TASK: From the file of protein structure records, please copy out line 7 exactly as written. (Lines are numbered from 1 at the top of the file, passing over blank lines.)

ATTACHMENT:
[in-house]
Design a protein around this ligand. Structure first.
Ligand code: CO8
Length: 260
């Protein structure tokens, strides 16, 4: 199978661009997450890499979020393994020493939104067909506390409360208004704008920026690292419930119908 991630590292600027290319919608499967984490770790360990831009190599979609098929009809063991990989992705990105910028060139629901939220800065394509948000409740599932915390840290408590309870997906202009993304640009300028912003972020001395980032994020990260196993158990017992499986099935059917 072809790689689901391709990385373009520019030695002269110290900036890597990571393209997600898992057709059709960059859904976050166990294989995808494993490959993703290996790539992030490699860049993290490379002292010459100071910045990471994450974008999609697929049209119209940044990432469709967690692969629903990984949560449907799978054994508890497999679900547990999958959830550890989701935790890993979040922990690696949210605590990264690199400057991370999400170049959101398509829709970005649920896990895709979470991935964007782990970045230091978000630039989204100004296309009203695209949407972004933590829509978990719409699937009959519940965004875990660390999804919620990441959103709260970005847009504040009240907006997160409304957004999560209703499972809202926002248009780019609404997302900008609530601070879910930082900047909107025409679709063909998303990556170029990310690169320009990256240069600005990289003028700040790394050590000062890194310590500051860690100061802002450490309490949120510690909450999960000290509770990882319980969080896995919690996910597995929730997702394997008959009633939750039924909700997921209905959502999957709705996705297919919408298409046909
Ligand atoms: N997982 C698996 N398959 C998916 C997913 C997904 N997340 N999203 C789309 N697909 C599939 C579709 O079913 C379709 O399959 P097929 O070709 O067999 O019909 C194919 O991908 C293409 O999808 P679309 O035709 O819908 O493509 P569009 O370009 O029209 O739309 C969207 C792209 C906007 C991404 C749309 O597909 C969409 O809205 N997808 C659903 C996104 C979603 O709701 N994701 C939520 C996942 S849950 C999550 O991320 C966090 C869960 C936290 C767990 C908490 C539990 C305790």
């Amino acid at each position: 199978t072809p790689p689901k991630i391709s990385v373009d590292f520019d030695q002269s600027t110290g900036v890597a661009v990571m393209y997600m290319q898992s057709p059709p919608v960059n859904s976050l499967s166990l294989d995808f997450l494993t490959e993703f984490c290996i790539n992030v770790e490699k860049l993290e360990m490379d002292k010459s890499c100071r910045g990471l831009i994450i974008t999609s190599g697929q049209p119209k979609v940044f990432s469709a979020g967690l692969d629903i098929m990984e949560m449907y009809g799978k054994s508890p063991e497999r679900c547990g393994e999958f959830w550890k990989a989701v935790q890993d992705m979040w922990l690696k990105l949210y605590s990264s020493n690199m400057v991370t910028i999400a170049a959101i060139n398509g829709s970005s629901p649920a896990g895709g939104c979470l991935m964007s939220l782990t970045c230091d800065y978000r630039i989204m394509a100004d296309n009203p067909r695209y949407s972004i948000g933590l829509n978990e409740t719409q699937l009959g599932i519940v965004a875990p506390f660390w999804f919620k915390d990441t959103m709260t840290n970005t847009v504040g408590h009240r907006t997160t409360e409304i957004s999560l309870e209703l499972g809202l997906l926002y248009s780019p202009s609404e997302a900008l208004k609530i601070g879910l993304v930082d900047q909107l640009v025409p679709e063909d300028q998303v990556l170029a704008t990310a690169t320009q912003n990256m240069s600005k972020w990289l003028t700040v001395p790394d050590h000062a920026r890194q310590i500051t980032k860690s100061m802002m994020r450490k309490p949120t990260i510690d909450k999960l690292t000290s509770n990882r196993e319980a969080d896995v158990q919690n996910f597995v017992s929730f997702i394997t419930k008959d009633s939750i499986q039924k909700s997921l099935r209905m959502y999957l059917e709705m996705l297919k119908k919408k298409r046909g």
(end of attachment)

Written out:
């Amino acid at each position: 199978t072809p790689p689901k991630i391709s990385v373009d590292f520019d030695q002269s600027t110290g900036v890597a661009v990571m393209y997600m290319q898992s057709p059709p919608v960059n859904s976050l499967s166990l294989d995808f997450l494993t490959e993703f984490c290996i790539n992030v770790e490699k860049l993290e360990m490379d002292k010459s890499c100071r910045g990471l831009i994450i974008t999609s190599g697929q049209p119209k979609v940044f990432s469709a979020g967690l692969d629903i098929m990984e949560m449907y009809g799978k054994s508890p063991e497999r679900c547990g393994e999958f959830w550890k990989a989701v935790q890993d992705m979040w922990l690696k990105l949210y605590s990264s020493n690199m400057v991370t910028i999400a170049a959101i060139n398509g829709s970005s629901p649920a896990g895709g939104c979470l991935m964007s939220l782990t970045c230091d800065y978000r630039i989204m394509a100004d296309n009203p067909r695209y949407s972004i948000g933590l829509n978990e409740t719409q699937l009959g599932i519940v965004a875990p506390f660390w999804f919620k915390d990441t959103m709260t840290n970005t847009v504040g408590h009240r907006t997160t409360e409304i957004s999560l309870e209703l499972g809202l997906l926002y248009s780019p202009s609404e997302a900008l208004k609530i601070g879910l993304v930082d900047q909107l640009v025409p679709e063909d300028q998303v990556l170029a704008t990310a690169t320009q912003n990256m240069s600005k972020w990289l003028t700040v001395p790394d050590h000062a920026r890194q310590i500051t980032k860690s100061m802002m994020r450490k309490p949120t990260i510690d909450k999960l690292t000290s509770n990882r196993e319980a969080d896995v158990q919690n996910f597995v017992s929730f997702i394997t419930k008959d009633s939750i499986q039924k909700s997921l099935r209905m959502y999957l059917e709705m996705l297919k119908k919408k298409r046909g």